8 Ways to Know if your Barre Class is a Good Investment
Taught and executed properly, barre classes are known for building strength, flexibility, endurance, lean thighs, lifted seats, toned abdominals and sculpted arms, backs and upper bodies. There are very few muscles a barre class does not engage. But not all barre classes are created equally.
Like any exercise that has gained- and sustained- popularity over the years, derivatives of the original Lotte Berk Method (established in NYC in the 1970’s) can be found. Of course, the science of exercise has shaped Berk’s method over time to make it more effective, and safer. Many of the higher quality barre methods and classes are based on the grounding principles of the original exercises, and those that have been improved upon, to maintain a commitment to proper form, exercise safety and most importantly, results.
But many others have been created in a weekend of workshop trainings, or rely too heavily on moving quickly to elevate the heart rate instead of combining movement with stillness, i.e. getting deep into the muscular work.
Some classes are taught using predetermined choreography and often sound like they are “scripted”. You will recognize them as you get the same exercises, same cues, and perhaps the same music in every class…for a week, for a month or until their corporate parents tell them that it’s time to change. The reason? The instructor likely does not have the qualifications to teach a multi-level class to a room filled with different shapes, sizes, ages and physical abilities.
So we ask, how can you be sure you are getting the highest quality barre class for your time and financial investment? We share some of the top tips from Fred Devito, Co-creator of the esteemed Core Fusion method originating in NYC, and a few of our own.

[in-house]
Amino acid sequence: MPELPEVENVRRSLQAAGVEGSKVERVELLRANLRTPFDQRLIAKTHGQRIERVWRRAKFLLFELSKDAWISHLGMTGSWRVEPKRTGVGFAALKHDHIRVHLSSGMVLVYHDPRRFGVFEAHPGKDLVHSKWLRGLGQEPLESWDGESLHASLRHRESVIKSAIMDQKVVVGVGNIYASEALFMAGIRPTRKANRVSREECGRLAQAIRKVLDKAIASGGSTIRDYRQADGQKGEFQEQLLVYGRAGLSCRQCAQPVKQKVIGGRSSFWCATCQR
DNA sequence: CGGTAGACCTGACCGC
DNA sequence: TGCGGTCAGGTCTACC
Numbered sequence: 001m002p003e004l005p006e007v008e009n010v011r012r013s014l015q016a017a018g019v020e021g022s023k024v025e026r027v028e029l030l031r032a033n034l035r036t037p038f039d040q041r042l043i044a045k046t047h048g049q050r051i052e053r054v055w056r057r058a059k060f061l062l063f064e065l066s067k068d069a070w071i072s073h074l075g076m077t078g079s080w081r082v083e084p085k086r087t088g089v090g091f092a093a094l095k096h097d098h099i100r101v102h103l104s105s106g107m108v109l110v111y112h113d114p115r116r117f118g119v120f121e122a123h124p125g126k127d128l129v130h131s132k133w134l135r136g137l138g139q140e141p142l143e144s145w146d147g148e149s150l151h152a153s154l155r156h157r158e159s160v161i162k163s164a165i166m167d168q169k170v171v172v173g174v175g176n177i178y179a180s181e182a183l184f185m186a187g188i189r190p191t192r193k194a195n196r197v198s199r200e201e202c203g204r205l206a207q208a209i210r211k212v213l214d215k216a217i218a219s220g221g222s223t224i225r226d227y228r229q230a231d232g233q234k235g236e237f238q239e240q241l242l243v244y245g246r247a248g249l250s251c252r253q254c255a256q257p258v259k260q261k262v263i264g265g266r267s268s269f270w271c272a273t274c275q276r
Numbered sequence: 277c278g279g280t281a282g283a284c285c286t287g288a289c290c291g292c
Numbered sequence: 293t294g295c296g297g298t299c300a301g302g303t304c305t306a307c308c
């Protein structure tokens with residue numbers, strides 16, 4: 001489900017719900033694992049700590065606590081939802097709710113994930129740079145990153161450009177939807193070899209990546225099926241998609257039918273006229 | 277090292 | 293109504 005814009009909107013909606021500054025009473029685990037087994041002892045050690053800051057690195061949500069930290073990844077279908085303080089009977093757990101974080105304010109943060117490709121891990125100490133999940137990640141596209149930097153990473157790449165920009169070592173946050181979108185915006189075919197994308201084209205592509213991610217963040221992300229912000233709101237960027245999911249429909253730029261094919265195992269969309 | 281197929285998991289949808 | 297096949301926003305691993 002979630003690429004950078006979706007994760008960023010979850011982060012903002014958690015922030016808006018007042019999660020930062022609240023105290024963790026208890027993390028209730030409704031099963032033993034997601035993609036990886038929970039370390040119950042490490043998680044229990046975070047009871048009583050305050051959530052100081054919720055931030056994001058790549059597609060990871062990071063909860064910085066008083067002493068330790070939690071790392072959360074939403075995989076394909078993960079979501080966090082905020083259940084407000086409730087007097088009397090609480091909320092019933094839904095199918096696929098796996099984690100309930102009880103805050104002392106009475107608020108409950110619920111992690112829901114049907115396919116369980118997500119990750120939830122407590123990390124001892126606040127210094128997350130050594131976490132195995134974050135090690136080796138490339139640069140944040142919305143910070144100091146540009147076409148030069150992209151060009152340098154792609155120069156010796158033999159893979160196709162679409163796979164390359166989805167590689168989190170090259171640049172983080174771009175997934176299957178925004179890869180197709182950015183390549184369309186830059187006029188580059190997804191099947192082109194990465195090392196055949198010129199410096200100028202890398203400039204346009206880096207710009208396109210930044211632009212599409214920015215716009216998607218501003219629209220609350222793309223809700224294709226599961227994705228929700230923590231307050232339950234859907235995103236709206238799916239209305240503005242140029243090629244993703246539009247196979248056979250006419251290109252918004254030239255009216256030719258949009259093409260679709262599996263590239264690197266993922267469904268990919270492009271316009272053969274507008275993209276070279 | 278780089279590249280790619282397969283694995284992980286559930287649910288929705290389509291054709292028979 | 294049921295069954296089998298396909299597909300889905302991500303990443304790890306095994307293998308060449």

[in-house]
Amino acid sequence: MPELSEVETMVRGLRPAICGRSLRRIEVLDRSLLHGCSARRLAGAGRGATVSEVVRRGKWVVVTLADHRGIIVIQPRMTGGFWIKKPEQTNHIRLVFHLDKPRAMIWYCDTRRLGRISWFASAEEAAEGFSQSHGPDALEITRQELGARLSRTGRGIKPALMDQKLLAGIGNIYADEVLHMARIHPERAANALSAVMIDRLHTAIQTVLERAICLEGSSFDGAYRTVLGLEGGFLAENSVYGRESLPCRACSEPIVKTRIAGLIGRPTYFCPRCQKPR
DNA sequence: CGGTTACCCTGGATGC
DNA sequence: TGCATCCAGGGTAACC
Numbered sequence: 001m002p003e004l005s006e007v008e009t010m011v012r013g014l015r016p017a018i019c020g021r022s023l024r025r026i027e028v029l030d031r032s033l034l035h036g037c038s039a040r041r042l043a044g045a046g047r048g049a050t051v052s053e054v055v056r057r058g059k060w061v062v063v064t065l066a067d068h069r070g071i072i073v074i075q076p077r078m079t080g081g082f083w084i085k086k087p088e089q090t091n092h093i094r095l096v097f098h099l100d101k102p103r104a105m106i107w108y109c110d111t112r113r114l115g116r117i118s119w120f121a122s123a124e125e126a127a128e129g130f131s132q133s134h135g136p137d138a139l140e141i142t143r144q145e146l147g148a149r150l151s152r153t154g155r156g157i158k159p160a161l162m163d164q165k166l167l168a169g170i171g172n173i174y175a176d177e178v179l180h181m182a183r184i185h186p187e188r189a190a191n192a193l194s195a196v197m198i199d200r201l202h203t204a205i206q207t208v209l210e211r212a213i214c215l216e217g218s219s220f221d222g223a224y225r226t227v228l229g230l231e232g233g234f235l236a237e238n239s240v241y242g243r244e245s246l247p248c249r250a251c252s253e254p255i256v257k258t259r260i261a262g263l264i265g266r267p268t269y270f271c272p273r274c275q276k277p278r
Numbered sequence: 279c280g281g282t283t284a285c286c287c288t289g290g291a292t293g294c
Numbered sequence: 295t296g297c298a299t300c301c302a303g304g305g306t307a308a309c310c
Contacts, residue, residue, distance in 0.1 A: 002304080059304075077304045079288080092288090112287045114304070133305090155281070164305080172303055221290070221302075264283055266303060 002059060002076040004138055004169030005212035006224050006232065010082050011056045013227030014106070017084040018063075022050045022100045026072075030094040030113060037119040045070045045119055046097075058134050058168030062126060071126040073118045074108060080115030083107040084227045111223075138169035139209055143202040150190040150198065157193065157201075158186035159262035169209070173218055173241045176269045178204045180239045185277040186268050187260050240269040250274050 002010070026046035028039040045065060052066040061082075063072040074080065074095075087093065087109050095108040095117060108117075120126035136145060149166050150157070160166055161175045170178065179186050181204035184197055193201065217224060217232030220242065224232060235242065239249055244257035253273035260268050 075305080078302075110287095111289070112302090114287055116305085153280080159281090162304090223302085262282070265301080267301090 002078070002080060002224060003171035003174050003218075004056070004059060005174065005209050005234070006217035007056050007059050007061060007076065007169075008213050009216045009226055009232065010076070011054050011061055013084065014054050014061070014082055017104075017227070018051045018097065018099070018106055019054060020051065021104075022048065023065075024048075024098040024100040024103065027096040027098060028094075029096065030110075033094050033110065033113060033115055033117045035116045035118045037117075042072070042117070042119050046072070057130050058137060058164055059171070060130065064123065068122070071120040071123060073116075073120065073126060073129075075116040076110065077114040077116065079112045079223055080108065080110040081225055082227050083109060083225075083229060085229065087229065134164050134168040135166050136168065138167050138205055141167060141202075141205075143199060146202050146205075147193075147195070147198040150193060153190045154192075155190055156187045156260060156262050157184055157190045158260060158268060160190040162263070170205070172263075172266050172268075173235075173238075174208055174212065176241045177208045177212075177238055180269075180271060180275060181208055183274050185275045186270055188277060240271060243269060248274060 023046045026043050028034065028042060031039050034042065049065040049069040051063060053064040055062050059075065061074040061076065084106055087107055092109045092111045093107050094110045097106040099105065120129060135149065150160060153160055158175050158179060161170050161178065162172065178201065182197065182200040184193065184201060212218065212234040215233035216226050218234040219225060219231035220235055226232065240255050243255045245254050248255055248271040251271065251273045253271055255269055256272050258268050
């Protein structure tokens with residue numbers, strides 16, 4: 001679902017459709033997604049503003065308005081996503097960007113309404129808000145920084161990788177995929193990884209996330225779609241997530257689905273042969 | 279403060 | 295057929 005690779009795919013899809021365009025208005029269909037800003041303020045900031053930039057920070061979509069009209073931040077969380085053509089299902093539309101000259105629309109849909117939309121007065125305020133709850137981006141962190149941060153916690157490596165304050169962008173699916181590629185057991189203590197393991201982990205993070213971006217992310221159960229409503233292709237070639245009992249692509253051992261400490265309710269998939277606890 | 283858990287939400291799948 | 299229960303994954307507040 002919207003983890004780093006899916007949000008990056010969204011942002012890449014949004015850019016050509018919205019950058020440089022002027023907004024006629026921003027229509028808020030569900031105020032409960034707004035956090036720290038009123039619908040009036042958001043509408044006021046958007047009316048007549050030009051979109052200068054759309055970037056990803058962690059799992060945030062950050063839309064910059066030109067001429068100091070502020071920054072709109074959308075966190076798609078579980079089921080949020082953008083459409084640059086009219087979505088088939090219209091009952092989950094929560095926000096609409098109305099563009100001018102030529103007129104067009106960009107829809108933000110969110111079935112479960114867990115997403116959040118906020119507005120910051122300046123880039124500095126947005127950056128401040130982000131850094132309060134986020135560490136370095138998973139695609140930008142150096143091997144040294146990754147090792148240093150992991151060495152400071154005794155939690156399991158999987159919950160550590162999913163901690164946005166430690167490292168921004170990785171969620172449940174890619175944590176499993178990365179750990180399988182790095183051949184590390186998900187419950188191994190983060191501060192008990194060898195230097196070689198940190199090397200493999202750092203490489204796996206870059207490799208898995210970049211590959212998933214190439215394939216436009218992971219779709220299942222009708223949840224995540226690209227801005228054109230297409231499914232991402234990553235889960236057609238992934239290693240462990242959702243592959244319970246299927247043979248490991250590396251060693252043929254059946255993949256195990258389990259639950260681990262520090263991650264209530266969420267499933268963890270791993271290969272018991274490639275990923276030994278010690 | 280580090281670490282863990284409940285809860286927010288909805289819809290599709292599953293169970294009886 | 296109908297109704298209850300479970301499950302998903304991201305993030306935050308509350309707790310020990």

Ask yourself about your current barre practice, or other exercise routine:
• Do the instructors know you by name and are familiar with your body and its possible limitations? It’s easier to “perform” a scripted class …but the ability for an instructor to identify and address what you as an individual student needs while at the same time motivating 20 other students, demonstrates a deeper level of expertise, wisdom and compassion.
• Is form and alignment a priority? It should be. Working in misaligned form is ineffective; you simply won’t get the most out of any exercise if done improperly. Worse yet, it puts undue pressure on the joints, and can lead to injury.
• Do the instructors use hands-on adjustments not only to provide modifications, but also to push you out of your go-to zone to realize elevated results to your work. New students, AND veterans, should be continuously pushed to achieve their next fitness level – working beyond your comfort, but not to the point of pain, to build muscular strength and endurance.
• Does the class offer holds in positions, and strength is stillness? When we move too quickly in our positions, or bounce, we detract from the beneficial work in the muscle and rely too heavily on the momentum that moves us higher and/or lower. Positions that challenge stillness allow the muscle to contract in a deeper way, and are important core stabilizers.